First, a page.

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You know the client. Now what?

Case study about boundaries when caring for friends

Jay glanced at the list of client names on the ER assignment board in the small rural hospital where he works. He paused as he recognized one of the names of his assigned clients. It was someone he knew — Frank, his son’s hockey coach.


Jay needed to think about what he should do. This kind of situation was not that uncommon in Jay’s practice. After living in this small community for most of his adult life, he felt he knew everyone!

He was aware that the CRNBC Practice Standard for boundaries in the nurse-client relationship indicated that when nurses encounter family or friends as clients, they transfer the responsibility for care to another health care provider. Jay scanned the board to see who was working with him that day. Jill, the only other RN on the day shift, also had a son on the hockey team, so her situation was really no different from his.

What actions did they take? 

When Jill arrived a few minutes later they had a quick discussion about how they might best handle the situation. After recognizing that their relationships with Frank were similar, they decided that he would remain as part of Jay’s assignment. They also called the administrator in charge of ER for the day and informed her of the situation. She agreed that it would be hard to find a nurse in their community that didn’t know Frank, but she would see what she could do.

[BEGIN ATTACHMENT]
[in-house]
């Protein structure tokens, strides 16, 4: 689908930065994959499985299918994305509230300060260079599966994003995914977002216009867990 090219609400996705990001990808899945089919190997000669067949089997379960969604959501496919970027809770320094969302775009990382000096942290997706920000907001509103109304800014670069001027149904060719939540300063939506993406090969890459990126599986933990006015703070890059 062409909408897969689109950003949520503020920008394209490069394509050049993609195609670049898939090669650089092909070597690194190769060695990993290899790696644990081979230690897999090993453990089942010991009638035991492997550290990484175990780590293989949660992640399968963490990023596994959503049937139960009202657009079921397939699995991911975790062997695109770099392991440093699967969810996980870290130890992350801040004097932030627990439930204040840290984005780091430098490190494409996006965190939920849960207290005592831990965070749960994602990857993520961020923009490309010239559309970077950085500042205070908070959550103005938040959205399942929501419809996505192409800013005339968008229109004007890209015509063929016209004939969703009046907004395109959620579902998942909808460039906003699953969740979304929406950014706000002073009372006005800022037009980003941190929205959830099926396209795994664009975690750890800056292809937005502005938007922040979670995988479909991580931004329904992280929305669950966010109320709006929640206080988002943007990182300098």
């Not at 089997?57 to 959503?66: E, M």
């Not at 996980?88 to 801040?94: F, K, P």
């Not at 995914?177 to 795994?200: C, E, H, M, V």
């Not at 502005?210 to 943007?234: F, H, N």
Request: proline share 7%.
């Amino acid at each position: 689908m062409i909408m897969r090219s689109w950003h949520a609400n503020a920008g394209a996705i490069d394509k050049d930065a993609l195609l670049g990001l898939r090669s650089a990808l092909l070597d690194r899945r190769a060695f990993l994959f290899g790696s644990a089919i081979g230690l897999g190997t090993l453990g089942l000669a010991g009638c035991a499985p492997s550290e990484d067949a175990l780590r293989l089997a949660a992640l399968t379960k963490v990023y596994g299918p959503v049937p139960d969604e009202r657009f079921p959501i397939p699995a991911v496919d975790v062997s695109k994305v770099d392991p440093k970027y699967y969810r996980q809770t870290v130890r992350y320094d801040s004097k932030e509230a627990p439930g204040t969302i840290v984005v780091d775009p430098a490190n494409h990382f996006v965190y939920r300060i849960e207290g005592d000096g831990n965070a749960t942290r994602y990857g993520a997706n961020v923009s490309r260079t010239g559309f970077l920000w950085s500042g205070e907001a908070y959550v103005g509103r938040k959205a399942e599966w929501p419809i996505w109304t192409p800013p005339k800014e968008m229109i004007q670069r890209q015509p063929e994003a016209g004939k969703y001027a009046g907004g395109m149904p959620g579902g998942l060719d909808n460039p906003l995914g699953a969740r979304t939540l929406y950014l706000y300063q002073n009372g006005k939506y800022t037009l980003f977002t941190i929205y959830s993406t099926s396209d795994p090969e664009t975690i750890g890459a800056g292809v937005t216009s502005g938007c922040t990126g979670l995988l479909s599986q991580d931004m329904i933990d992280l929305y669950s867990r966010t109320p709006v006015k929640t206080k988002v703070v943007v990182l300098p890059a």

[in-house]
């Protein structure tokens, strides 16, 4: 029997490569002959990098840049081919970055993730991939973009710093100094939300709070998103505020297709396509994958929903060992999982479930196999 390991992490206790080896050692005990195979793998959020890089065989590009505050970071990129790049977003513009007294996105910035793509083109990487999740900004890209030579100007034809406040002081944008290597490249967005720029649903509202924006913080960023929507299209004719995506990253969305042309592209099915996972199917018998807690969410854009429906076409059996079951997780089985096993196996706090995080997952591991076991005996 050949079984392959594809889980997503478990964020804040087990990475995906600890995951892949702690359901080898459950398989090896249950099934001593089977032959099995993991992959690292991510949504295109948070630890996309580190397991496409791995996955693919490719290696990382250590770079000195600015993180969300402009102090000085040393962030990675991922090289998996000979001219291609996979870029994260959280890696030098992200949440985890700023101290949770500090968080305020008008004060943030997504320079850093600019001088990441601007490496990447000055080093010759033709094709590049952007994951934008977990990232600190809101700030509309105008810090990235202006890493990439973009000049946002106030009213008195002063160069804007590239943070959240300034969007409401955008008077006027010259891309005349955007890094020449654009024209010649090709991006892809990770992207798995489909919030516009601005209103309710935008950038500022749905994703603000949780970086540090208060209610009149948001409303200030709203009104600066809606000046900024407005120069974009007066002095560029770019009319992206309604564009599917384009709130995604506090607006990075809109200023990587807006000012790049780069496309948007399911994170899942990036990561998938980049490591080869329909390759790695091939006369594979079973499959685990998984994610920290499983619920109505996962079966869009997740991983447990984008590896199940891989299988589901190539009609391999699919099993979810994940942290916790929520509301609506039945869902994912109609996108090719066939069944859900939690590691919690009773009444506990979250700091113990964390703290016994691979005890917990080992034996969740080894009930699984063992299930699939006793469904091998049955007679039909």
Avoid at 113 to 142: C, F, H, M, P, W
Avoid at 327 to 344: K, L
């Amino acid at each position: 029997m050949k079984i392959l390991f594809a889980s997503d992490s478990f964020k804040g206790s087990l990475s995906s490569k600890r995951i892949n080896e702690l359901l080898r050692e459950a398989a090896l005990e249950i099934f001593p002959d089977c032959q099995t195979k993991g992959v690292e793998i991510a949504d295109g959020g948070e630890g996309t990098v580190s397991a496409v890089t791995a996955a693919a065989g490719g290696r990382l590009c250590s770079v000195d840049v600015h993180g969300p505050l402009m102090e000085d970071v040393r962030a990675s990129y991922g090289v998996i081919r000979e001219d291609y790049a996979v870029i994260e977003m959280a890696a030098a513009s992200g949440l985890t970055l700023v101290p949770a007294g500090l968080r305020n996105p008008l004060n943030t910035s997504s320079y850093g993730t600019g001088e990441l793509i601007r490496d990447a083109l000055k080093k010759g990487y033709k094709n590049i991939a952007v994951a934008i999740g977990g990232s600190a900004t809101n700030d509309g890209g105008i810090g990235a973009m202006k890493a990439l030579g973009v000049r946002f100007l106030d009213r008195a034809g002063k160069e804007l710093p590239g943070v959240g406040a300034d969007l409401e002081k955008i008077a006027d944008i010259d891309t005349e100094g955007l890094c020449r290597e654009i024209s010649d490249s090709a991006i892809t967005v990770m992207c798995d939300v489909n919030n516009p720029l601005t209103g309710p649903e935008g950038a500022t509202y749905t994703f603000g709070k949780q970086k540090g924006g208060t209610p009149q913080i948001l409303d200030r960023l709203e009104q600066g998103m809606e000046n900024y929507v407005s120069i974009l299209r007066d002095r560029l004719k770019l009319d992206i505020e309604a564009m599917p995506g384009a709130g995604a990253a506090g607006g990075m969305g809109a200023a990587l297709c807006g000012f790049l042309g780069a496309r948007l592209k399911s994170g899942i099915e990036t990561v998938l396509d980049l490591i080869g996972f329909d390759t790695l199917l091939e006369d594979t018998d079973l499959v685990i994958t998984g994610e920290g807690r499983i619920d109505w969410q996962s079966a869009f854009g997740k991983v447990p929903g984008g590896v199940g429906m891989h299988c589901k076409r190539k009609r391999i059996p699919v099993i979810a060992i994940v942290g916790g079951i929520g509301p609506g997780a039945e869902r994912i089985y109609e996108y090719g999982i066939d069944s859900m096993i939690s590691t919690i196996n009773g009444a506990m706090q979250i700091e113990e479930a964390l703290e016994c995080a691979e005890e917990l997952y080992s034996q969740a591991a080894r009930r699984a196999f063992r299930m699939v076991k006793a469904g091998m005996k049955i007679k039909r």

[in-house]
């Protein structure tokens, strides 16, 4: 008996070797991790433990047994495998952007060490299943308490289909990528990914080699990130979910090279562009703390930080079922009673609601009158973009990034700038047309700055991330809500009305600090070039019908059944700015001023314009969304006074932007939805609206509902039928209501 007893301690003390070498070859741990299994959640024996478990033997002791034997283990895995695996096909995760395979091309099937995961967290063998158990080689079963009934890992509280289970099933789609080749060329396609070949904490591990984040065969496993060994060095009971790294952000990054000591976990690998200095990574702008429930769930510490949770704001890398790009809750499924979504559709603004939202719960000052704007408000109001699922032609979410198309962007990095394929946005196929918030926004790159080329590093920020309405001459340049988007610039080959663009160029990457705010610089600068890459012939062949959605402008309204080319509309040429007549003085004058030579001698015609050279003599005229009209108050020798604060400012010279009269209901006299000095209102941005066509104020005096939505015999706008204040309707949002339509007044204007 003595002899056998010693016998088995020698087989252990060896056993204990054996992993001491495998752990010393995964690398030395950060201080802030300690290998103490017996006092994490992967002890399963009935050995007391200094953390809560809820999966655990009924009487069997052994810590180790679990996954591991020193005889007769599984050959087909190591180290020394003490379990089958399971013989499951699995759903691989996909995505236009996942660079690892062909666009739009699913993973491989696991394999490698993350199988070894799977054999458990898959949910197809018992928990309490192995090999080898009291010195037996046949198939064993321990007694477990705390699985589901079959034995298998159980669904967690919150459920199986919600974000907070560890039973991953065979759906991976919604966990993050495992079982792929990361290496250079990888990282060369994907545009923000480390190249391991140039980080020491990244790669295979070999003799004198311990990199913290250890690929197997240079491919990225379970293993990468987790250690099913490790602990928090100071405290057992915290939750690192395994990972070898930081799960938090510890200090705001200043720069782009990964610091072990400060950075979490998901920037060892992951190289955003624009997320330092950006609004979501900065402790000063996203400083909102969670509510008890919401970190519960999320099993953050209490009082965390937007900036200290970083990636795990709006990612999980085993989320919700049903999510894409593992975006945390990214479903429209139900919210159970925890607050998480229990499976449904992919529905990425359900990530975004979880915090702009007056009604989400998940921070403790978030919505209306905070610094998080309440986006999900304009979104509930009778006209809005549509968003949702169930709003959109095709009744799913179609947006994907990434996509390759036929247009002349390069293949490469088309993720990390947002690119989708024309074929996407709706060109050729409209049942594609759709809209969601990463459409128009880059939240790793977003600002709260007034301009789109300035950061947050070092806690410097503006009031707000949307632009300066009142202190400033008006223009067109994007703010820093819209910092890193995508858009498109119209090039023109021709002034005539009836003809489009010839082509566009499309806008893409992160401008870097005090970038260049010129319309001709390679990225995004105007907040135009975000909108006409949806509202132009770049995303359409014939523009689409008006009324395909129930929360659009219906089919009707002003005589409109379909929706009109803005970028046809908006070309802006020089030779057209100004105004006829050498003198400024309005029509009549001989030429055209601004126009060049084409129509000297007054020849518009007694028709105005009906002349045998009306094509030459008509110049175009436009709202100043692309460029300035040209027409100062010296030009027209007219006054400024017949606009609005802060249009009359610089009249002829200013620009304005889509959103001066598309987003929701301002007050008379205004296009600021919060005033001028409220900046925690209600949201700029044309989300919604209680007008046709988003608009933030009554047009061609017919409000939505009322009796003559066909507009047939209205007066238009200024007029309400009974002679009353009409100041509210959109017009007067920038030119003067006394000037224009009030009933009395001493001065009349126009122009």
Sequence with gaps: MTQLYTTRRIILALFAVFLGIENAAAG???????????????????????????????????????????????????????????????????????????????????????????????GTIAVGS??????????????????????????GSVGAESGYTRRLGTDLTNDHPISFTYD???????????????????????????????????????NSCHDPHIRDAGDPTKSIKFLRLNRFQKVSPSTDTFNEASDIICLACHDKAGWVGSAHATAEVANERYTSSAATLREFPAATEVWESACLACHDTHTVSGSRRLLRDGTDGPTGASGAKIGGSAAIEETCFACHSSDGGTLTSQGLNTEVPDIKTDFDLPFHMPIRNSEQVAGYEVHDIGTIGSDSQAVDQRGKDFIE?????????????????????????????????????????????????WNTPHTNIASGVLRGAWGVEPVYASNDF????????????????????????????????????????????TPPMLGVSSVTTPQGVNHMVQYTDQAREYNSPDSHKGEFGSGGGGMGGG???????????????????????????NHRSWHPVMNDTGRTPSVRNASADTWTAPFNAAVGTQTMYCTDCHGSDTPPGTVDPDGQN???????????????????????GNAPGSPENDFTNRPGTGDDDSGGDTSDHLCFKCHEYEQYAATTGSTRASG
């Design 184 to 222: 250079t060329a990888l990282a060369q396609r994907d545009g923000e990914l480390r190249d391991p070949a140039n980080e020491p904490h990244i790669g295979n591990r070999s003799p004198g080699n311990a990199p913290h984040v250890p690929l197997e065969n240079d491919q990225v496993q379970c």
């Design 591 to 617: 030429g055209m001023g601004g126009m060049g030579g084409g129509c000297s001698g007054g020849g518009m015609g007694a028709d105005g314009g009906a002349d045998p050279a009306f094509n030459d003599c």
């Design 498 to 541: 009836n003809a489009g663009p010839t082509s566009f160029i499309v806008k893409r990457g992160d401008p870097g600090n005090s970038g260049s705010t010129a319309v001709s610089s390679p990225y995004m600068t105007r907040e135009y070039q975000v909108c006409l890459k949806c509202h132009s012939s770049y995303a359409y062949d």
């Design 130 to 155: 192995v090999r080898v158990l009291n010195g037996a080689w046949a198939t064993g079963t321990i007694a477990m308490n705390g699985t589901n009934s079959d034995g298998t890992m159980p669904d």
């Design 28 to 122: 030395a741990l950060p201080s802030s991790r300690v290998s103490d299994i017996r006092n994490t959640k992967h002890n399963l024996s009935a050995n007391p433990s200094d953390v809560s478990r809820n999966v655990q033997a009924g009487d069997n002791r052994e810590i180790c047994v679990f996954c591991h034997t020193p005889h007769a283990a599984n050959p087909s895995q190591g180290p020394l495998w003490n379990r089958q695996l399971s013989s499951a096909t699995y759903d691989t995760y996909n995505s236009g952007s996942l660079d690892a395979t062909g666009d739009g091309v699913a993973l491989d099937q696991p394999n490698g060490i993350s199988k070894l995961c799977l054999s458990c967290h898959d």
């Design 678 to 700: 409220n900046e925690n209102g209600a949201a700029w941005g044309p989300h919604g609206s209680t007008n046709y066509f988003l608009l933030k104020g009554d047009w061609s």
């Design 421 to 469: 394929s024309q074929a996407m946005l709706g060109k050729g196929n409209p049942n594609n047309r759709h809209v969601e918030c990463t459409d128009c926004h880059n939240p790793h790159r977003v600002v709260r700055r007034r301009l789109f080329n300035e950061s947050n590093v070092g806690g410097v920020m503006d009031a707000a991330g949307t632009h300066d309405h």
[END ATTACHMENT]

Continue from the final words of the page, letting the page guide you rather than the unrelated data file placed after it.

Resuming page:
Jill and Jay also considered the challenges in the situation and how they might respond. They recognized that this might be a difficult situation for Frank. He was admitted after an apparently accidental drug overdose; something Frank would likely not want parents of children in the hockey team to know. They agreed that as soon as Frank was alert enough to understand, Jay would reassure him that his privacy and confidentiality would be maintained at all times.

As well, Jay and Jill were quite horrified about the implications of Frank being a recreational drug user and driving the hockey team to games in his van. Initially Jay felt angry about Frank’s seeming lack of responsibility. He struggled with how this would impact his ability to be Frank’s nurse. At Jill’s suggestion, he focused on Frank as ‘just a client’ and he felt his feelings slowly settle. As Jay consciously reconnected with his professional responsibilities to provide client care, he realized he could provide care for Frank, just as he would for any other person.

Were these appropriate nursing actions?

Use the Professional Standards web module to reflect on this case. Case discussion takes place on slide 84.

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